Government aims to streamline Medicaid billing for students with disabilities, expand health care services in schools


The US Department of Education, US Department of Health and Human Services, and the Biden-Harris Administration look to increase access to school-based health services, including mental health services, amid the national crisis. 

Government aims to streamline Medicaid billing for students with disabilities, expand health care services in schools | Image Credit: © - © -

Government aims to streamline Medicaid billing for students with disabilities, expand health care services in schools | Image Credit: © - © -

The Biden-Harris Administration, US Department of Education (ED), and US Department of Health and Human Services (HHS) are looking to make it easier for schools across the nation to provide critical health care services to students, the agencies recently announced.

A new rule is being proposed by ED that would streamline Medicaid billing permissions for students with disabilities, making it easier for schools to bill Medicaid. ED predicts of the 500,000 new students who are found eligible under the Individuals with Disabilities Education Act (IDEA) Part B each year, approximately 300,000 are likely to be eligible for Medicaid. ED is releasing a Notice of Proposed Rulemaking under IDEA, which would streamline consent provisions when billing for Medicaid services that are provided through a student’s individualized education program (IEP), resulting in a uniform process for all Medicaid enrolled children, regardless of disability.

“This new rule will help school districts have the resources to expand the behavioral health services to students in their district and be able to be appropriately reimbursed for those services,” said Nathaniel Beers, MD, MPA, FAAP, executive vice president, Community and Population Health, Children’s National Hospital, Washington, DC. “It will result in fewer missed services for children with disabilities which should lead to more instruction due to fewer missed days because of behavioral issues.”

According to the announcement from HHS, many children with disabilities that receive services under IDEA are enrolled in Medicaid based on family income or because of disability status. Children with disabilities are more likely to have low income and are more likely to have greater health care needs compared to those that are on private insurance, HHS states.The proposed rule changes do not alter any of the critical parental consent provisions required by IDEA, nor do they impact parental consent obligations under the Family Educational Records and Privacy Act (FERPA).

“There are substantial gaps in care for behavioral health services,” Beers said. “Individuals with Medicaid struggle even more than those with employer-sponsored insurance in many regions. It leads to loss of school days, increased ER utilization and increases in hospitalizations. Having increased services available in schools can help address issues earlier and lead to fewer complications in care.”

HHS and the Centers for Medicare & Medicaid Services (CMS) has released a guide for school-based Medicaid services, making it easier for schools to deliver and receive payment for health care services provided to millions of eligible students, according to HHS. The guide outlines flexibilities that states can adopt to allow schools to get paid for health services delivered to children enrolled in Medicaid and the Children’s Health Insurance Program (CHIP). These programs collectively provide health coverage to more than half of all children in the United States.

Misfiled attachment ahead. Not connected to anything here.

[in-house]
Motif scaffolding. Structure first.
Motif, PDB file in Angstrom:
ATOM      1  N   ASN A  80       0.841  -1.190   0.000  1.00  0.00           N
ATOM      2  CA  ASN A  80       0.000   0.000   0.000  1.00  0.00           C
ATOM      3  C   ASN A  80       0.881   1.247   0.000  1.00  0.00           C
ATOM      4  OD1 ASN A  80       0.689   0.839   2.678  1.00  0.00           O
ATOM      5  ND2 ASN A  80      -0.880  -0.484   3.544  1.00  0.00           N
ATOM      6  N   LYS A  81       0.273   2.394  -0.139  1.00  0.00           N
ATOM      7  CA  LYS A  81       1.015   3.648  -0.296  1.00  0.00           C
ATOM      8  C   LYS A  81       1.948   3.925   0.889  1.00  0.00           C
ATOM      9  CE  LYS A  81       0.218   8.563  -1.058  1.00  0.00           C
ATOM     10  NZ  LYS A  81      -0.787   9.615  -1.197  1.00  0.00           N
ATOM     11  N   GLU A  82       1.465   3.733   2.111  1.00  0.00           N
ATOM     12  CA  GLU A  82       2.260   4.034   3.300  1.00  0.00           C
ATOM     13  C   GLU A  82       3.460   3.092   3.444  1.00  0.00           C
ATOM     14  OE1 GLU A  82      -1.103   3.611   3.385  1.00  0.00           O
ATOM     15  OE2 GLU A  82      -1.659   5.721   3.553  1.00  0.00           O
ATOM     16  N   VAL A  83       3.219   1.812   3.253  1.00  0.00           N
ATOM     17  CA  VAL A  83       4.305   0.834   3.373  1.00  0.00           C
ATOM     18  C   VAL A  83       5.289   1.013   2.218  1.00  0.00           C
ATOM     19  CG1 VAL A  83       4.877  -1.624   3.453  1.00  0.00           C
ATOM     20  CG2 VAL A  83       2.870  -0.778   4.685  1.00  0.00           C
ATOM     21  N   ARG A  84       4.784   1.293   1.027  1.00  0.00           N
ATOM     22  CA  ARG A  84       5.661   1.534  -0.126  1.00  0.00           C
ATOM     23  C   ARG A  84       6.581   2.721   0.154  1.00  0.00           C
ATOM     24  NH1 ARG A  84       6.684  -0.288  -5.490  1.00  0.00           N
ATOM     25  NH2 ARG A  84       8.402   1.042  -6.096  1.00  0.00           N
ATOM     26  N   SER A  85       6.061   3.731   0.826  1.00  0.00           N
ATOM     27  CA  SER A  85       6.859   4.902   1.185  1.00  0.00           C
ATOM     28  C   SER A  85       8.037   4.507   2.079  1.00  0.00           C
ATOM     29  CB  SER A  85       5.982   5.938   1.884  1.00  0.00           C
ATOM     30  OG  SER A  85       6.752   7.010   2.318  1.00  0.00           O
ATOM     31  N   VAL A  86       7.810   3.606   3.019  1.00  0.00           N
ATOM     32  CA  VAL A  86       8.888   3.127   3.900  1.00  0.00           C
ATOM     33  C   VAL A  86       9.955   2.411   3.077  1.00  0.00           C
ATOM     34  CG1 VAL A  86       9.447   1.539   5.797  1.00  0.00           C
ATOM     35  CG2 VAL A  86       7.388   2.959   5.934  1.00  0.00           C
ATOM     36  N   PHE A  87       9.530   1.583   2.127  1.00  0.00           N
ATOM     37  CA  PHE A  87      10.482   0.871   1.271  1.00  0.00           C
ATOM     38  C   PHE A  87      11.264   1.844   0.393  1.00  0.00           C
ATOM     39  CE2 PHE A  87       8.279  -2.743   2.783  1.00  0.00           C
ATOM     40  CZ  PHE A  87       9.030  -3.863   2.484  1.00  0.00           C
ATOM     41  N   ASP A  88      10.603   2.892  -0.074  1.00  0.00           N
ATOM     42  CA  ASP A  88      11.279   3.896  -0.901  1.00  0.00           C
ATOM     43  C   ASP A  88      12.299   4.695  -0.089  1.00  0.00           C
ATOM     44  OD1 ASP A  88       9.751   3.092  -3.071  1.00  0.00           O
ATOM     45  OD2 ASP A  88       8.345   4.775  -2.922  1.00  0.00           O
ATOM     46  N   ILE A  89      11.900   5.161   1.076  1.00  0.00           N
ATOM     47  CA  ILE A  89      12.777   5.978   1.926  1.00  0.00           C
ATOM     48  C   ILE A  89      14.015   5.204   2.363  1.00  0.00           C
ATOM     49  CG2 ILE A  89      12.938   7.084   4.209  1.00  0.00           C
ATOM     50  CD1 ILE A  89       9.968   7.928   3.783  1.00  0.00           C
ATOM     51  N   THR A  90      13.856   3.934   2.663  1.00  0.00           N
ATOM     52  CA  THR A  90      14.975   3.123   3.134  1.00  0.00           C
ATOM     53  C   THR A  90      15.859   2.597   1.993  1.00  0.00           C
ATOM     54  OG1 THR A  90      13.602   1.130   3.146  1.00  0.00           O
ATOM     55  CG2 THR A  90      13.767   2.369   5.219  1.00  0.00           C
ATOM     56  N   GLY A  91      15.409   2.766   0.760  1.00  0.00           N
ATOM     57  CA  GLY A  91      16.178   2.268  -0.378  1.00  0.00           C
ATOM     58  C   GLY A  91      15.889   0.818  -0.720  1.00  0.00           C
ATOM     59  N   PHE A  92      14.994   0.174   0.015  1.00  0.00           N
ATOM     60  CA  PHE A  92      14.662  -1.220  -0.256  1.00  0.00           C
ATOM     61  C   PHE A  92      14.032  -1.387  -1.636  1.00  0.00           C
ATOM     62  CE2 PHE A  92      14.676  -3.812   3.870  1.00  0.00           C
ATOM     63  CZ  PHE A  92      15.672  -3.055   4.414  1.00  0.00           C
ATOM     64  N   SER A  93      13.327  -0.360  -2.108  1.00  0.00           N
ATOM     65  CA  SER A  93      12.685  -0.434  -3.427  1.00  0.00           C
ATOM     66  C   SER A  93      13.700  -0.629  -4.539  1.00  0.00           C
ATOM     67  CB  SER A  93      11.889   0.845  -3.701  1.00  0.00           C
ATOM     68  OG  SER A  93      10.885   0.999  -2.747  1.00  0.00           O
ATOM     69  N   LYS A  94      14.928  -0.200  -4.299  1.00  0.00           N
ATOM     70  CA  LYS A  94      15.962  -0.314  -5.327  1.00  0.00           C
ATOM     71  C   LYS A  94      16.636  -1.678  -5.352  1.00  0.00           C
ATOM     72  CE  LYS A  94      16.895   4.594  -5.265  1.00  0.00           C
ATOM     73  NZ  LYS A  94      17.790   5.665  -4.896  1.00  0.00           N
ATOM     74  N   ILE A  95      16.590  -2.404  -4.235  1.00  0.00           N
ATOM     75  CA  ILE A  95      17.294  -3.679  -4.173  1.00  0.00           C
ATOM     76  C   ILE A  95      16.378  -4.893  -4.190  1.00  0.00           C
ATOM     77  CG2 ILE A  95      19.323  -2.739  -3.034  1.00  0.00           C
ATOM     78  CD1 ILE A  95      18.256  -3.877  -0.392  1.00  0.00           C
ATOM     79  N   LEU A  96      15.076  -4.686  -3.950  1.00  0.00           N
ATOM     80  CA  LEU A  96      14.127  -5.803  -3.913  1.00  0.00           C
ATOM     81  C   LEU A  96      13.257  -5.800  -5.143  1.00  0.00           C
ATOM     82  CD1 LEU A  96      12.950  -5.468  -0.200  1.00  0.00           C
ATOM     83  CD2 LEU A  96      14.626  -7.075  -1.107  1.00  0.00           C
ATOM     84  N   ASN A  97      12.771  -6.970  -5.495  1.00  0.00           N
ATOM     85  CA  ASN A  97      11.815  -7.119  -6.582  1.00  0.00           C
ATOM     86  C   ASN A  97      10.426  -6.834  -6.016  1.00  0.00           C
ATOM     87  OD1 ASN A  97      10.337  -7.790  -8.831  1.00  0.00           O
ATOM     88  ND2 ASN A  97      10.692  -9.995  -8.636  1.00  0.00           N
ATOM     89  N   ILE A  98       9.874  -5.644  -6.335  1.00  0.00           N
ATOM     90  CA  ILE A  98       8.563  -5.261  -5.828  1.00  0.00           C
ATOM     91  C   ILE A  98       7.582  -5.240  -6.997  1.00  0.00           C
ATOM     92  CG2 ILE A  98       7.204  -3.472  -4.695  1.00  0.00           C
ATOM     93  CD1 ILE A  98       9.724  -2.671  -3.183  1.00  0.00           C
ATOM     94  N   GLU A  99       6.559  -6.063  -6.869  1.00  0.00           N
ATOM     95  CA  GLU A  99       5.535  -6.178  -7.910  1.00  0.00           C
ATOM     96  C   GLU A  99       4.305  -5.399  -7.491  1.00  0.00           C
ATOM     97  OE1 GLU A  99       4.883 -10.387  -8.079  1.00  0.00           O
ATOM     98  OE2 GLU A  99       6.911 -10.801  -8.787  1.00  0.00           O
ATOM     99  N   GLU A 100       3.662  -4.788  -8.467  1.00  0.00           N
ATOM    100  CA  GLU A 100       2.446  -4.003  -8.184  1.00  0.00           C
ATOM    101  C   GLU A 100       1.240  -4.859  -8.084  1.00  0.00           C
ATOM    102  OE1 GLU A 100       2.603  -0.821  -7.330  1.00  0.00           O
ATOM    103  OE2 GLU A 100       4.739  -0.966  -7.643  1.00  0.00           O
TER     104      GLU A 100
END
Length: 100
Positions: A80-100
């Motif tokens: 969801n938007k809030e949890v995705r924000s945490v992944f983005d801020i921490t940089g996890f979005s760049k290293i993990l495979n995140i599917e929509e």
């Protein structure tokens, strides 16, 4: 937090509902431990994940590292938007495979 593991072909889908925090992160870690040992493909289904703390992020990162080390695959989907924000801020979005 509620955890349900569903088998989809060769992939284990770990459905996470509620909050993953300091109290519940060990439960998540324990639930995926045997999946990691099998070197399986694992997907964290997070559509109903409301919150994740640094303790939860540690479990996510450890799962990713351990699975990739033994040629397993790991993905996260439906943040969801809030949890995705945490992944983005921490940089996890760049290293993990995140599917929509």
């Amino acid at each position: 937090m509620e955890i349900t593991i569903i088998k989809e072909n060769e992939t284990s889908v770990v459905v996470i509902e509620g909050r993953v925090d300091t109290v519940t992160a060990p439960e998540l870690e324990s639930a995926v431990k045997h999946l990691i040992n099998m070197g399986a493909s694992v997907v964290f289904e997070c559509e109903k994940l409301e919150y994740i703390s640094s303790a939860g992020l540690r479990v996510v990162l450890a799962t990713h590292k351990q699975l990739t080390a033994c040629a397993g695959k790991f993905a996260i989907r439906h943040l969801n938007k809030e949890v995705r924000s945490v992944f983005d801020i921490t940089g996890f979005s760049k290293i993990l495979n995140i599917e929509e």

According to HHS, the comprehensive guide clarifies, consolidates, and expands on CMS guidance for how schools can receive payment for providing care to Medicaid and CHIP students. It offers clarification on ways to “ease the administrative burden on school-based health providers to promote their participation in Medicaid and CHIP while meeting federal statutory and regulatory requirements,” according to the HHS announcement. In the coming months, CMS plans to release more resources to ensure that states help optimize children’s access to school-based services. Resources include $50 million in grant opportunities and a school-based services technical assistance center, partnered with ED.

HHS, through CMS, has approved state plan amendments (SPAs) for New Mexico and Oregon, allowing the states to pay for school-based health care services to more of their Medicaid-enrolled students. The two states will now receive Medicaid funding for services provided to all children covered by Medicaid, instead of only providing services to students with an IEP. Arizona, California, Colorado, Connecticut, Georgia, Illinois, Kentucky, Louisiana, Massachusetts, Michigan, Nevada, and North Carolina have already adopted expanded Medicaid payment for school-based health care services.

According to HHS, these announcements are part of the Biden-Harris Administration’s plans to combat the youth mental health crisis by increasing school-based services. Recently, the Mental Health Service Professionals demonstration program provided nearly $100 million in awards, part of an overall appropriation of $1 billion in the Bipartisan Safer Communities Act (BSCA), for school-based mental health services.

“In order to provide services for more children, schools will need to increase the behavioral health staff and ensure they are well connected with pediatricians and other health professionals caring for the children,” said Beers.

HHS states compared to the pre-pandemic period, the number of school social workers is up 48%, school nurses are up 42%, and the number of school counselors and psychologists are up 10% each.


Biden-Harris Administration takes action to help schools deliver critical health care services to millions of students. May 18, 2023. Accessed May 24, 2023.

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